“People didn’t know about the program. They were skeptical,” she explained. “You have to be careful when you are low income because you do not have the confidence or the right to this or that.”

With high-speed internet Hunt saw improvements in her quality of life. She was able to swap her satellite dish for a smart TV. Instead of paying for cable, she now watches on subscription services such as Netflix or Hulu. She also uses her smart TV to watch free YouTube videos on everything from gardening to mental health.

She has learned more about herself and her community by using the internet to engage online. She also canceled her landline and uses Wi-Fi to make phone calls. Her relationship with her grandchildren has improved because she can call them any time without worrying about dropping the call. She can also research what her grandchildren are interested in these days.

Hunt now sees having good connectivity as a high priority. She says she will “have to shuffle around a couple of things” to stay connected.

According to the Benton Institute for Broadband & Society:

• Nationwide, 49 percent of ACP households are subscription vulnerable, meaning they find the internet difficult to fit into their monthly budgets and are on the edge of disconnection
• 68 percent of ACP households reported they had inconsistent or zero connectivity prior to ACP, and 80 percent cited affordability as the reason for this lack of connectivity

The closure of the ACP will not only affect those with low income but will also affect the reach of infrastructure funding such as the $270 million coming to Maine through the Broadband Equity Access and Deployment program. ACP makes it less risky for internet service providers to build out to rural areas, because more of the serviceable population can afford to subscribe.

According to the Benton Institute, ACP creates $16.2 billion in annual benefits to users of the service subsidy, nearly twice the $8.4 billion it costs for the $30 monthly subsidy.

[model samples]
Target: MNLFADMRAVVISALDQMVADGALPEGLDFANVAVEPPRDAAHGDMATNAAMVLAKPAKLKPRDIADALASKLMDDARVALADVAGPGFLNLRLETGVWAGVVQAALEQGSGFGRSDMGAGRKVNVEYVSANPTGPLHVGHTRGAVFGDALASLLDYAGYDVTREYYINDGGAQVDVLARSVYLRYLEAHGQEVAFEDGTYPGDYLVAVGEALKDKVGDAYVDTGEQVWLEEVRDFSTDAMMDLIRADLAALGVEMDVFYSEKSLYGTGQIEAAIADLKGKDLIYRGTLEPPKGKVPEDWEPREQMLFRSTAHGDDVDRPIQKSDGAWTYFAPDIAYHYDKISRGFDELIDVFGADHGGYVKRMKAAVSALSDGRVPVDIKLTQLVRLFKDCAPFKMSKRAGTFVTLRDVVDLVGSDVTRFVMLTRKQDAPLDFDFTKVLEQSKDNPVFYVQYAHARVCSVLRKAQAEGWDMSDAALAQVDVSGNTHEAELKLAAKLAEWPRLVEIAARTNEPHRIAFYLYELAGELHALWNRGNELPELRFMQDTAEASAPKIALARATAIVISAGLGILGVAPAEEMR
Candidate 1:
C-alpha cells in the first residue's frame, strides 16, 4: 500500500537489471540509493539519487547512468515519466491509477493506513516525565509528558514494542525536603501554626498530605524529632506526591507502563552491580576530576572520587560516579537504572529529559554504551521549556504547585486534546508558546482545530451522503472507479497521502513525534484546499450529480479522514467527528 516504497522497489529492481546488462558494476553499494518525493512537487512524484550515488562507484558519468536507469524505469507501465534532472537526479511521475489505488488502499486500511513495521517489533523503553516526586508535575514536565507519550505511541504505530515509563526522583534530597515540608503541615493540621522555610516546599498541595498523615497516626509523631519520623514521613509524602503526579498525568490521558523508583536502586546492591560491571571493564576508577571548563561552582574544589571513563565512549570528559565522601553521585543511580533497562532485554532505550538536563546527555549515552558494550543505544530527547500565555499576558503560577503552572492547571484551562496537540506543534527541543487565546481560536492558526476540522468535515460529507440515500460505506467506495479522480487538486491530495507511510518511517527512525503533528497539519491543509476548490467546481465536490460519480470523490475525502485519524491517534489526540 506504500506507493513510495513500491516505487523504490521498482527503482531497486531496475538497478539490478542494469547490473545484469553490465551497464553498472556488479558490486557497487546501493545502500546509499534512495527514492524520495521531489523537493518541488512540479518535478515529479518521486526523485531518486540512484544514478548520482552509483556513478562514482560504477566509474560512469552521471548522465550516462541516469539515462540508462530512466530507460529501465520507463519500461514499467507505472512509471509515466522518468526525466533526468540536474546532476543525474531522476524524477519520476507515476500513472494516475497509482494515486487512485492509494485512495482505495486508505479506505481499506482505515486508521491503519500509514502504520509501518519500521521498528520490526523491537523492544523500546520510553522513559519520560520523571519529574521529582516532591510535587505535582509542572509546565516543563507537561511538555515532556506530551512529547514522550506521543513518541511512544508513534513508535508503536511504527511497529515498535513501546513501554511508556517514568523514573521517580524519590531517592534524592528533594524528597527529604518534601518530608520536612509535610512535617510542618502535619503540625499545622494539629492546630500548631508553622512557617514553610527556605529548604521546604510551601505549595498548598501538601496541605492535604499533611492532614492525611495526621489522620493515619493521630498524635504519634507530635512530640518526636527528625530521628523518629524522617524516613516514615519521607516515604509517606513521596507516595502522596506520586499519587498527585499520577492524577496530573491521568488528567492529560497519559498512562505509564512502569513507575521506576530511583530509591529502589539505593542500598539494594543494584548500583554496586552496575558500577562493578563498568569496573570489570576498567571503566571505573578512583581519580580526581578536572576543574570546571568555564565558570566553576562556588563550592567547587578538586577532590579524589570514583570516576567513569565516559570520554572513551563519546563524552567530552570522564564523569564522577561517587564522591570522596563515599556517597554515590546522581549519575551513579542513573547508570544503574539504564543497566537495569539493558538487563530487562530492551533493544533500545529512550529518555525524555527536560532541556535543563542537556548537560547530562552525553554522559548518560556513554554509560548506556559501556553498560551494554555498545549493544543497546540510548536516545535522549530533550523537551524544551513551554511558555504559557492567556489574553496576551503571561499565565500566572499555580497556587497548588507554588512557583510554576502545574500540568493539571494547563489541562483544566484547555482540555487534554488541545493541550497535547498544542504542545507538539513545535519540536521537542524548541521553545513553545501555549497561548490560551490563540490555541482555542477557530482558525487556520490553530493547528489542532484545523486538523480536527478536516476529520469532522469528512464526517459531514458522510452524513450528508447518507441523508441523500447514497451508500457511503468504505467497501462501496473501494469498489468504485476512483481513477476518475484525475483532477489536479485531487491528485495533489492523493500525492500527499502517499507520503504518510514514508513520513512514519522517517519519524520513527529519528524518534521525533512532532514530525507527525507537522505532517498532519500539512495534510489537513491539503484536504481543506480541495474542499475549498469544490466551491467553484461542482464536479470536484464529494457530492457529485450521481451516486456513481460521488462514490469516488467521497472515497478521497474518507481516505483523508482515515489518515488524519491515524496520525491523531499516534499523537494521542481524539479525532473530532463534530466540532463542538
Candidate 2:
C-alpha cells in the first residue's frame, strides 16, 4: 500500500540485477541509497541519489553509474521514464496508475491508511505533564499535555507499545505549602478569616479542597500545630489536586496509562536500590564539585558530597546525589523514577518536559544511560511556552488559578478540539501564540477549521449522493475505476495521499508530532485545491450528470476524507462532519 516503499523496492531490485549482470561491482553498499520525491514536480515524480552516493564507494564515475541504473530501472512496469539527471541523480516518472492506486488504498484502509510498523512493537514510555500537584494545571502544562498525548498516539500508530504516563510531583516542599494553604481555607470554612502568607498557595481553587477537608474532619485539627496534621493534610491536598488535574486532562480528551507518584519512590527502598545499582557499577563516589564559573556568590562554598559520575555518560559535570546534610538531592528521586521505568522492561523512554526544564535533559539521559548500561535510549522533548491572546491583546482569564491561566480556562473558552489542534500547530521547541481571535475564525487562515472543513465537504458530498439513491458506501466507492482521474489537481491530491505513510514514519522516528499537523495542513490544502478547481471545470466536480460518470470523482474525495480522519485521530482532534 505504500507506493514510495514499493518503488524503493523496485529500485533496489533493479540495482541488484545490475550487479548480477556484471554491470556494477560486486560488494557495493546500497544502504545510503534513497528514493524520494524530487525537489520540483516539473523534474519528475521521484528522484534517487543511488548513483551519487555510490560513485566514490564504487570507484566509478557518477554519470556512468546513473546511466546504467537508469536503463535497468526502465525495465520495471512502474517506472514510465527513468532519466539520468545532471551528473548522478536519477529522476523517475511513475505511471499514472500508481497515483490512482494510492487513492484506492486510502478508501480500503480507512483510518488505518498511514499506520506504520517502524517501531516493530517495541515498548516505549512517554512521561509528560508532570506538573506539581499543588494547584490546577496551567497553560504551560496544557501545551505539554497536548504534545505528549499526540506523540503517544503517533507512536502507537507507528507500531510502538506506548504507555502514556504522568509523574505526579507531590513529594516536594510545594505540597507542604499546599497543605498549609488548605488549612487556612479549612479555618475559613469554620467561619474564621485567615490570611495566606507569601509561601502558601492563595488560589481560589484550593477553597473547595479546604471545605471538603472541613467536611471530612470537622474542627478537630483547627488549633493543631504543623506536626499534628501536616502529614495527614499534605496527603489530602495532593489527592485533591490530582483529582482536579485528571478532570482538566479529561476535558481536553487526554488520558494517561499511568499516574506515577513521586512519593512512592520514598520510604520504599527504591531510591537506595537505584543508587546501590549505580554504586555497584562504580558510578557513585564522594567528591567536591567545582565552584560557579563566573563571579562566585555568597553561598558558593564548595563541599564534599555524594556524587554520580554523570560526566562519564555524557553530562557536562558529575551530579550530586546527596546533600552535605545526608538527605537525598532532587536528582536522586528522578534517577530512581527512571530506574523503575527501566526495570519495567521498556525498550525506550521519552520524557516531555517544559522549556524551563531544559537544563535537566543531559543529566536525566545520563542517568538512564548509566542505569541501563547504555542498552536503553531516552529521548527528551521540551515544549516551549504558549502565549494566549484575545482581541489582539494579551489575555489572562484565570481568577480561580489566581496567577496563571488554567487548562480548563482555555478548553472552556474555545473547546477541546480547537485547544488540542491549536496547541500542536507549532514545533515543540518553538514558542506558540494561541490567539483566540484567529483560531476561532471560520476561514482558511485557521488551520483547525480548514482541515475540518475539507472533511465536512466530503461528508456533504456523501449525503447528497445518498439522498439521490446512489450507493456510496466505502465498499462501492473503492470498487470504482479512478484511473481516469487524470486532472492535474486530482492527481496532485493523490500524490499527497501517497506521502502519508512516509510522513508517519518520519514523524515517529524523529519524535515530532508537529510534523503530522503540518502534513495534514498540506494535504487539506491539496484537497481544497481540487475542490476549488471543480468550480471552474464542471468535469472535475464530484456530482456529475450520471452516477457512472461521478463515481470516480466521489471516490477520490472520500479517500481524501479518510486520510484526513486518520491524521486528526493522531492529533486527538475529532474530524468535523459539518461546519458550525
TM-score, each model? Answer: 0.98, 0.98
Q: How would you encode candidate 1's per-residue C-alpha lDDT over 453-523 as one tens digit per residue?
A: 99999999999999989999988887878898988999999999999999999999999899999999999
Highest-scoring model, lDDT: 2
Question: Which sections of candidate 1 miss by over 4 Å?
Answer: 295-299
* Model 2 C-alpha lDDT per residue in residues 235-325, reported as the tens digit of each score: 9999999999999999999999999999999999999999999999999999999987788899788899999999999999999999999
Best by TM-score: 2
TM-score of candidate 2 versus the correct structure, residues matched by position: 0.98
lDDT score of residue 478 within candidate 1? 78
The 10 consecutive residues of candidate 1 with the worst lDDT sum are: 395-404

President Biden has asked Congress to fund ACP as part of his budget, and recently called again on Congress to extend its funding. There is a bipartisan, bicameral effort to fund ACP through the proposed Affordable Connectivity Program Extension Act.

Advocates argue that connectivity promotes civic engagement, education, and healthy communities.

“We encourage folks to get involved however they can to support our neighbors who will be most harmed if this program ends,” said Christa Thorpe, a community development officer at Island Institute, which has been supporting coastal communities with broadband and digital equity planning since 2016. Among the help that may be offered is “lobbying our federal delegation, approaching your town about digital equity planning, or volunteering at places like libraries that are on the front lines of helping close the digital divide,” Thorpe said.

In Blue Hill, Hunt will continue with her current internet plan.

“Having internet is more important than having a car these days,” she said.

Amber Blum is an associate community development officer with Island Institute, publisher of The Working Waterfront. She may be contacted at